Chinese love to eat, and Chinese food includes a large variety of ingredients, which can be reflected well in the saying although it is a bit exaggerated : "the Chinese eat everything with four legs, except for tables, and everything that flies, except for airplanes". Our article explains what Chinese people eat. Rice is a major staple food in China. It is mainly grown in southern China.
Grains of truth: why rice is the world’s best-loved staple
Asian cuisine - Wikipedia
Across the entire planet, there is one food that reigns supreme as a global staple: rice. How has this simple grain become such a trusted and essential part of the diet across Asia? Is it the nutritional contents? A cultural ingredient? Or is it simply a part of history? It is estimated that nine out of ten people in the world who eat rice are Asian.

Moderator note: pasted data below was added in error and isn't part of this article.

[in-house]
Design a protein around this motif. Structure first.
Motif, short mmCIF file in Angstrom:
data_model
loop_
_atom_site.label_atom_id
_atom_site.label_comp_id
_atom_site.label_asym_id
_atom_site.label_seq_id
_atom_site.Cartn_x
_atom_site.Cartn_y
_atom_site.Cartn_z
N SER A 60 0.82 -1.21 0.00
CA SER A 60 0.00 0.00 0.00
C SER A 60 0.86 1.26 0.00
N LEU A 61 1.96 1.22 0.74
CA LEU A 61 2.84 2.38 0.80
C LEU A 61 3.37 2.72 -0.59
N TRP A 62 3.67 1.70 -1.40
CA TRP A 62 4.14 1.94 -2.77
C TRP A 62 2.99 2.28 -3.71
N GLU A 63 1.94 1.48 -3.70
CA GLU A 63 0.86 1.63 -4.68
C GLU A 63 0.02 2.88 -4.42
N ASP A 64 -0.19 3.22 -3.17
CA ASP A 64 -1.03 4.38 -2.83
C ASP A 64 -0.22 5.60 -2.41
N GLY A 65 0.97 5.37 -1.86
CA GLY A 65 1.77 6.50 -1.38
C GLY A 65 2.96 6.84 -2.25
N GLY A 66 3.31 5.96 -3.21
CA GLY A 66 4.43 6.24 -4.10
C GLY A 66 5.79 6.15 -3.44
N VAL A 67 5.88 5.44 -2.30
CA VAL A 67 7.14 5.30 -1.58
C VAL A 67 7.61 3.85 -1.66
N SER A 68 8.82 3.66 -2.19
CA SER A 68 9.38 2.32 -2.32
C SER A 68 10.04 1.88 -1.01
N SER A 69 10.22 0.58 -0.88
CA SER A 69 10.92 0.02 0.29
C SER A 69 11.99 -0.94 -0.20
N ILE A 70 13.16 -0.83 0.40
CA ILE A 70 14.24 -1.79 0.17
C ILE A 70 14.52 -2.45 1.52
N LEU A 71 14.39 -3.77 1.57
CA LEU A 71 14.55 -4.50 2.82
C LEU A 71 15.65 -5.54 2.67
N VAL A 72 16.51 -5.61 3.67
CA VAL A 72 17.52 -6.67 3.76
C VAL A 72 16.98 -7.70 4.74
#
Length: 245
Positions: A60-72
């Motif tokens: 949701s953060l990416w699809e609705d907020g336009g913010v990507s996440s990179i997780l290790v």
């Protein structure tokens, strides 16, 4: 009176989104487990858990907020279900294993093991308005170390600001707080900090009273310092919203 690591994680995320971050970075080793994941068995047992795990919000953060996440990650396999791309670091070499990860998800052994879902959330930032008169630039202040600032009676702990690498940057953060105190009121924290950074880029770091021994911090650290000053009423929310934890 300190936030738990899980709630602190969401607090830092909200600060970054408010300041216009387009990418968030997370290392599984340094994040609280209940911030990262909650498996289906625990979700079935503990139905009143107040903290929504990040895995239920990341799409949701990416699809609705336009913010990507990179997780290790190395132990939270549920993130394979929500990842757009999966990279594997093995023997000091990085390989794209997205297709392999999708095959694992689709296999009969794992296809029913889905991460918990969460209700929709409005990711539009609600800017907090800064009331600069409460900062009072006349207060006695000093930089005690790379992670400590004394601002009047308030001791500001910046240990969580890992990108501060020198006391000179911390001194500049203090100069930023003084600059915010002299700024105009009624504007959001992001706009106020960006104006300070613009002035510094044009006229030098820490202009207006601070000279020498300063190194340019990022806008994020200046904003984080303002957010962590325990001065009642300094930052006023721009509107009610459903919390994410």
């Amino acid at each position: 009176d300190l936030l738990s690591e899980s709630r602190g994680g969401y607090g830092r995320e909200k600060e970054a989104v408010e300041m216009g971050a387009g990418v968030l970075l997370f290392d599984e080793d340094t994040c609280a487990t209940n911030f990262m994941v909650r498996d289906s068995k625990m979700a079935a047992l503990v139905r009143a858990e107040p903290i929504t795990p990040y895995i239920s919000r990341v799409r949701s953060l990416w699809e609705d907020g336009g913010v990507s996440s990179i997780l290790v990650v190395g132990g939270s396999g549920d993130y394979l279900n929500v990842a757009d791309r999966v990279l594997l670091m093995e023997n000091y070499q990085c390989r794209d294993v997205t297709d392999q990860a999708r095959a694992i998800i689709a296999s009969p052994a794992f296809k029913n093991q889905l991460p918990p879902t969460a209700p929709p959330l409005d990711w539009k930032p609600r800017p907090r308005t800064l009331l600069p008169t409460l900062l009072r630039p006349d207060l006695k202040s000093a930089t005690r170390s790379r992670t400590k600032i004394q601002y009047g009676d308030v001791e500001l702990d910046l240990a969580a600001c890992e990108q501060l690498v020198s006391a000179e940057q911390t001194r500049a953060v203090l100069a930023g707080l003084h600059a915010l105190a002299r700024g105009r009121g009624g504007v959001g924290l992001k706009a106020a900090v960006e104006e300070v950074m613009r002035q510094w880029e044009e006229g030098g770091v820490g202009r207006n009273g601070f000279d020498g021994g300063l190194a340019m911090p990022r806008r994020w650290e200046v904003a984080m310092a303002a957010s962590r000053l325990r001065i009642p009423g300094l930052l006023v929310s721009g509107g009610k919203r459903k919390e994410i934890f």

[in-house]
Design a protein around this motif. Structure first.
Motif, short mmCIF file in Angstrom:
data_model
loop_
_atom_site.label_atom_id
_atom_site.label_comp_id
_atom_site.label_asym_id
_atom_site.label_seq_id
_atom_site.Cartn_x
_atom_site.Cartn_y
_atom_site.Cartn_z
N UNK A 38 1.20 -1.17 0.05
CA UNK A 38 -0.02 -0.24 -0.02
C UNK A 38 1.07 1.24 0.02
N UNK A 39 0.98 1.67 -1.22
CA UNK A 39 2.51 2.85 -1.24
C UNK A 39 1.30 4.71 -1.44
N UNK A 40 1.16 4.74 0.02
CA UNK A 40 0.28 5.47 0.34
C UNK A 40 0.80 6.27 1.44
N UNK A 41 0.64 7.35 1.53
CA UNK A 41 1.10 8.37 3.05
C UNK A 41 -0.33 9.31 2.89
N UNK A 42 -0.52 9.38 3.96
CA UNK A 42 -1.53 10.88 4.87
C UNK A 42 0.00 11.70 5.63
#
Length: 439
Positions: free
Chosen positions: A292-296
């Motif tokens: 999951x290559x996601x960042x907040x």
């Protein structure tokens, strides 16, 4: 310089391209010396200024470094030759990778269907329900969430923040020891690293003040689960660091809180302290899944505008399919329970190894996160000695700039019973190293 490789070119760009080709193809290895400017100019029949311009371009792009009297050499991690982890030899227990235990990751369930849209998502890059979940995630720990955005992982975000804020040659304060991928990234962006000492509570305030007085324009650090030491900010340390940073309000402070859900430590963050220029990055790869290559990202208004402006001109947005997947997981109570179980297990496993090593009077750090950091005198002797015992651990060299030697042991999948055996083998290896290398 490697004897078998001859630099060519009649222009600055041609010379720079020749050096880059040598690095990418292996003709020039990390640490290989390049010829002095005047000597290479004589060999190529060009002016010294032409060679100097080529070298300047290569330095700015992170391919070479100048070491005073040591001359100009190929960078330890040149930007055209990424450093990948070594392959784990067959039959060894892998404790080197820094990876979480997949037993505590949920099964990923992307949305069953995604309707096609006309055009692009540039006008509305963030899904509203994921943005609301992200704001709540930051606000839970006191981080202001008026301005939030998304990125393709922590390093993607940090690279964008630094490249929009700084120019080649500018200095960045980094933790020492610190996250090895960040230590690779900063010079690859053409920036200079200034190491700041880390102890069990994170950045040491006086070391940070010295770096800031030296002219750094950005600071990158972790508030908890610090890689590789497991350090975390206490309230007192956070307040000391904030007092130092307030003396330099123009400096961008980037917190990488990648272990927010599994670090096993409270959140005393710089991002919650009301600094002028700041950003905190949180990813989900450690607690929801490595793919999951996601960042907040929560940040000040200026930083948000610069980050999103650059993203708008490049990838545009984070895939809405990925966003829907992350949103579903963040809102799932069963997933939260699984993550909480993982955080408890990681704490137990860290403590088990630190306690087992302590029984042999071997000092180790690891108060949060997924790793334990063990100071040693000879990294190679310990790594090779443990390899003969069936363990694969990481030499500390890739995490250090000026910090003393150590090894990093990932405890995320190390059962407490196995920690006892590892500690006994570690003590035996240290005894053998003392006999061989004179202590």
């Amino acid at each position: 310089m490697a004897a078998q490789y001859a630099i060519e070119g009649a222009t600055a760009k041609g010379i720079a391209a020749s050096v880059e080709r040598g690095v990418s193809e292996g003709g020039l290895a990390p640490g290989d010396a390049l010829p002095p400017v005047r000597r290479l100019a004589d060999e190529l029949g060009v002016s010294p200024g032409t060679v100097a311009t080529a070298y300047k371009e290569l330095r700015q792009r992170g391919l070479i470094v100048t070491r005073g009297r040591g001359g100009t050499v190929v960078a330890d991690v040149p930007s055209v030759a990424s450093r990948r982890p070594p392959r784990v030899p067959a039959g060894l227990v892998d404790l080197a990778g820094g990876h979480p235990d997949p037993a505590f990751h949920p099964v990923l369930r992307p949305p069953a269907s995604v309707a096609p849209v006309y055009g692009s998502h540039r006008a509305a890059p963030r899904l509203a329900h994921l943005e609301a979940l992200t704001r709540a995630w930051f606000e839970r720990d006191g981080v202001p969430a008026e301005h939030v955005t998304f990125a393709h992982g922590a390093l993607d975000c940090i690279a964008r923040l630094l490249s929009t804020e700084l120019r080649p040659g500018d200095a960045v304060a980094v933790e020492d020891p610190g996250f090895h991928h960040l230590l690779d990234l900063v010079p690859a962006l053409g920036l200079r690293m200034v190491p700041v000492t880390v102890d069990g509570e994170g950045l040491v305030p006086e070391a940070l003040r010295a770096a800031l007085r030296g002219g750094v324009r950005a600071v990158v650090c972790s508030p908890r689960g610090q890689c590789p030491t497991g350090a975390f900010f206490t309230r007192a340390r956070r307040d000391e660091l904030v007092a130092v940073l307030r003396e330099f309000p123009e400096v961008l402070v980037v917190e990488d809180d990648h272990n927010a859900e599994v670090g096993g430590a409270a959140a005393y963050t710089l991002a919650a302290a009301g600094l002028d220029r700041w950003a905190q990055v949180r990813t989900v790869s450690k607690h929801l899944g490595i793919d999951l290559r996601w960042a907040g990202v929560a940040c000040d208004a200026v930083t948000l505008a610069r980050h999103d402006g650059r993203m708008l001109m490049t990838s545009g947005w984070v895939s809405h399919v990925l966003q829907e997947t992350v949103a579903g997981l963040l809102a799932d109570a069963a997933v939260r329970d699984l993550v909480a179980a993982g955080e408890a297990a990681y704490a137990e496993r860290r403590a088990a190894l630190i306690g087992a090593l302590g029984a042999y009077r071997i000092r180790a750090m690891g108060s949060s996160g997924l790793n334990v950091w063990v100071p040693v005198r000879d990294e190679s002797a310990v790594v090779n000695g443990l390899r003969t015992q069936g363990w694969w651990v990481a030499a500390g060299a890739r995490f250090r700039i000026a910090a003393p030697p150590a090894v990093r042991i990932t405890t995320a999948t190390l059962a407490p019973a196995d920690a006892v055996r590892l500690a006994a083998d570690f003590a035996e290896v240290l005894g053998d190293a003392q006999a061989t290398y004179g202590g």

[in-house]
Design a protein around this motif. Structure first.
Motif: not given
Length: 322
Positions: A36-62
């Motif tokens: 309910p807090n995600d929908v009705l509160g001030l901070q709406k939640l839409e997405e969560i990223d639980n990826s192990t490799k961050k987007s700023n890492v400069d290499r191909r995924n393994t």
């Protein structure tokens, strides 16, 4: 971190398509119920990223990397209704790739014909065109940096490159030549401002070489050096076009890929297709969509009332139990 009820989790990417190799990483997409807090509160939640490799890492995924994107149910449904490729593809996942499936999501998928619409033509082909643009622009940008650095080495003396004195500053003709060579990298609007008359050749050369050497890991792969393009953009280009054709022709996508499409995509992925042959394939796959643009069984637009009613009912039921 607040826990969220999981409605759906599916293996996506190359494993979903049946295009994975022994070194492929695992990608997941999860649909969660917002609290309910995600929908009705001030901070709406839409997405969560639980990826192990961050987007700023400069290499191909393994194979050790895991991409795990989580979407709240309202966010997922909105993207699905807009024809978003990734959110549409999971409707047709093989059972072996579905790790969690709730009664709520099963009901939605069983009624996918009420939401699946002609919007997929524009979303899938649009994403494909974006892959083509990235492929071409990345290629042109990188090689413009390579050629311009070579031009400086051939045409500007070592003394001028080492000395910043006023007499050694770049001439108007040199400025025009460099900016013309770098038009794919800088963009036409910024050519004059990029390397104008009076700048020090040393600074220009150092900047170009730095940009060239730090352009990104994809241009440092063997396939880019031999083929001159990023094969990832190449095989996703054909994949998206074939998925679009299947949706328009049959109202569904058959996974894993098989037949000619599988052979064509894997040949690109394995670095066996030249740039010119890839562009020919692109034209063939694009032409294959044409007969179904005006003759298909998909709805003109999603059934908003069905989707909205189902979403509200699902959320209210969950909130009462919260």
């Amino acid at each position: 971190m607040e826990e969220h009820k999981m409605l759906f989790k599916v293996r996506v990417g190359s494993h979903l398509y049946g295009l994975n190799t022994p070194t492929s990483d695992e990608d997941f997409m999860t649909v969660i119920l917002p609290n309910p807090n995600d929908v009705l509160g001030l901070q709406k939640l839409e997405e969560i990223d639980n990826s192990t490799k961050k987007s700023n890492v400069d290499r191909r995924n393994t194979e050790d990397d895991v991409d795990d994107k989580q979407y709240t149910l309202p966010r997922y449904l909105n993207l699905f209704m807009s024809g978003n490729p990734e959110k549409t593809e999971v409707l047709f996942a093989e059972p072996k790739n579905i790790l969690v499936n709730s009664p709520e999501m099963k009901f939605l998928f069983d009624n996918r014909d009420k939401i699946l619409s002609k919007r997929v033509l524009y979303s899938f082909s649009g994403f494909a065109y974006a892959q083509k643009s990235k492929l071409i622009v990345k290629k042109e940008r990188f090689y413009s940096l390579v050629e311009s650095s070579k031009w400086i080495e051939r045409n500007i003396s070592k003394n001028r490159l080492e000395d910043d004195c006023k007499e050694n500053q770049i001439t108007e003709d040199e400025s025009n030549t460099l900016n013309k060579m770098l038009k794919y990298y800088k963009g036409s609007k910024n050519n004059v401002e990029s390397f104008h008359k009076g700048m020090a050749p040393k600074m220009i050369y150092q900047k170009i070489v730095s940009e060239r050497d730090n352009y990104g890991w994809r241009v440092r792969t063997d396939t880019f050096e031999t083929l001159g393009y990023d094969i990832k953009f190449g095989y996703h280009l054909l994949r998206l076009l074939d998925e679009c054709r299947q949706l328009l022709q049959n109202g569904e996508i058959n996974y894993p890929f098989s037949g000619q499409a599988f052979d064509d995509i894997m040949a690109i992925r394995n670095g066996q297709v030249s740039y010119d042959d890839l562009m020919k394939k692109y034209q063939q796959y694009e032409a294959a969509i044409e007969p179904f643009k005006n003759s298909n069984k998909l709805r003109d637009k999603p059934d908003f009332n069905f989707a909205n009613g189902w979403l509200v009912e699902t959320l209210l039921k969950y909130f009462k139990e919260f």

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A llow me to introduce you to a legend of the rice world, Katsuyuki Furukawa. I got to know Furukawa-san last year at his small farm, just five paddy fields a couple of hours north of Tokyo in central Fukushima, where he tends his organic, biodynamic crop using — unusually — Chinese herbal medicine for fertiliser. Over two visits, I helped with planting and harvesting along with my teenage sons — partly as research for a book I was writing about Japanese food, but also as a kind of educational field trip for us all. The March tsunami disaster devastated the coastal part of this prefecture, killing almost 16, people.
China is a country full of delicacies, with a wide range of food ingredients. Rice is perceived as a staple food throughout China. It is mostly served steamed or stir-fried after boiling at every Chinese meal. The Chinese believe that a meal without a bowl of steamed rice is incomplete.